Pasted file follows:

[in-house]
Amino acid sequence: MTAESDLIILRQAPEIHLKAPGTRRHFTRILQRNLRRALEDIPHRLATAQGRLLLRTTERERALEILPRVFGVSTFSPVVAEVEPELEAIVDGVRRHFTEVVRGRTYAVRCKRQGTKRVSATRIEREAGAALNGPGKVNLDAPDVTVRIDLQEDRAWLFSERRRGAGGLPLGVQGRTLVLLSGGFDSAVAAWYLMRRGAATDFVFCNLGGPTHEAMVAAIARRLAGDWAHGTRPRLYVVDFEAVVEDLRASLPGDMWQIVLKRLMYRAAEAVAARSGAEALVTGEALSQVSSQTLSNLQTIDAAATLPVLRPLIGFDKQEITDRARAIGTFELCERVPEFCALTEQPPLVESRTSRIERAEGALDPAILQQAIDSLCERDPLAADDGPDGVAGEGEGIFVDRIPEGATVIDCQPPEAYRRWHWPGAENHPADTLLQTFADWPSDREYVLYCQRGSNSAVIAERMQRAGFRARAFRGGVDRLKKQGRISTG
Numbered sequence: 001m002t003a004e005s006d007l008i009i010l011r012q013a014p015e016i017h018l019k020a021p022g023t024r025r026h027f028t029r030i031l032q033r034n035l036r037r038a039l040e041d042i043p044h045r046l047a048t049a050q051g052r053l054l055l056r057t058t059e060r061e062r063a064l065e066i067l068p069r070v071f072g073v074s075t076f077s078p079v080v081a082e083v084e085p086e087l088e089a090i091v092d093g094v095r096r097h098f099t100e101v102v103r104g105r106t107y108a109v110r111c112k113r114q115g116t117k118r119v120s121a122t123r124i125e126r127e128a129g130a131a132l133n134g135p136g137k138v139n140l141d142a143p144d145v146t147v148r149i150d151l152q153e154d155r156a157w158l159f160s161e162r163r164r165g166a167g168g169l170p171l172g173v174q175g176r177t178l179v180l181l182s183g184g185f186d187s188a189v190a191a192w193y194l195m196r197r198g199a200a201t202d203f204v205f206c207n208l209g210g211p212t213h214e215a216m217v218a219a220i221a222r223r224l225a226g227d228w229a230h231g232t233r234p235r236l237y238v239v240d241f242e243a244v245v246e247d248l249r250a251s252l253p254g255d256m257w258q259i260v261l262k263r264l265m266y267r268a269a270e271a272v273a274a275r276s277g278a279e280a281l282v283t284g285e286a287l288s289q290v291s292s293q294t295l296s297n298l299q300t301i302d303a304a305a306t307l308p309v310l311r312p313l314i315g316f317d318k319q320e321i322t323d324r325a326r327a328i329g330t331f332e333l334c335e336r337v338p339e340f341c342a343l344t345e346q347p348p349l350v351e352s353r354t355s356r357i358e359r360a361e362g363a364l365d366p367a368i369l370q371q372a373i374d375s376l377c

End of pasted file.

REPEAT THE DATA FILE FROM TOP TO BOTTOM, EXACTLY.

[in-house]
Amino acid sequence: MTAESDLIILRQAPEIHLKAPGTRRHFTRILQRNLRRALEDIPHRLATAQGRLLLRTTERERALEILPRVFGVSTFSPVVAEVEPELEAIVDGVRRHFTEVVRGRTYAVRCKRQGTKRVSATRIEREAGAALNGPGKVNLDAPDVTVRIDLQEDRAWLFSERRRGAGGLPLGVQGRTLVLLSGGFDSAVAAWYLMRRGAATDFVFCNLGGPTHEAMVAAIARRLAGDWAHGTRPRLYVVDFEAVVEDLRASLPGDMWQIVLKRLMYRAAEAVAARSGAEALVTGEALSQVSSQTLSNLQTIDAAATLPVLRPLIGFDKQEITDRARAIGTFELCERVPEFCALTEQPPLVESRTSRIERAEGALDPAILQQAIDSLCERDPLAADDGPDGVAGEGEGIFVDRIPEGATVIDCQPPEAYRRWHWPGAENHPADTLLQTFADWPSDREYVLYCQRGSNSAVIAERMQRAGFRARAFRGGVDRLKKQGRISTG
Numbered sequence: 001m002t003a004e005s006d007l008i009i010l011r012q013a014p015e016i017h018l019k020a021p022g023t024r025r026h027f028t029r030i031l032q033r034n035l036r037r038a039l040e041d042i043p044h045r046l047a048t049a050q051g052r053l054l055l056r057t058t059e060r061e062r063a064l065e066i067l068p069r070v071f072g073v074s075t076f077s078p079v080v081a082e083v084e085p086e087l088e089a090i091v092d093g094v095r096r097h098f099t100e101v102v103r104g105r106t107y108a109v110r111c112k113r114q115g116t117k118r119v120s121a122t123r124i125e126r127e128a129g130a131a132l133n134g135p136g137k138v139n140l141d142a143p144d145v146t147v148r149i150d151l152q153e154d155r156a157w158l159f160s161e162r163r164r165g166a167g168g169l170p171l172g173v174q175g176r177t178l179v180l181l182s183g184g185f186d187s188a189v190a191a192w193y194l195m196r197r198g199a200a201t202d203f204v205f206c207n208l209g210g211p212t213h214e215a216m217v218a219a220i221a222r223r224l225a226g227d228w229a230h231g232t233r234p235r236l237y238v239v240d241f242e243a244v245v246e247d248l249r250a251s252l253p254g255d256m257w258q259i260v261l262k263r264l265m266y267r268a269a270e271a272v273a274a275r276s277g278a279e280a281l282v283t284g285e286a287l288s289q290v291s292s293q294t295l296s297n298l299q300t301i302d303a304a305a306t307l308p309v310l311r312p313l314i315g316f317d318k319q320e321i322t323d324r325a326r327a328i329g330t331f332e333l334c335e336r337v338p339e340f341c342a343l344t345e346q347p348p349l350v351e352s353r354t355s356r357i358e359r360a361e362g363a364l365d366p367a368i369l370q371q372a373i374d375s376l377c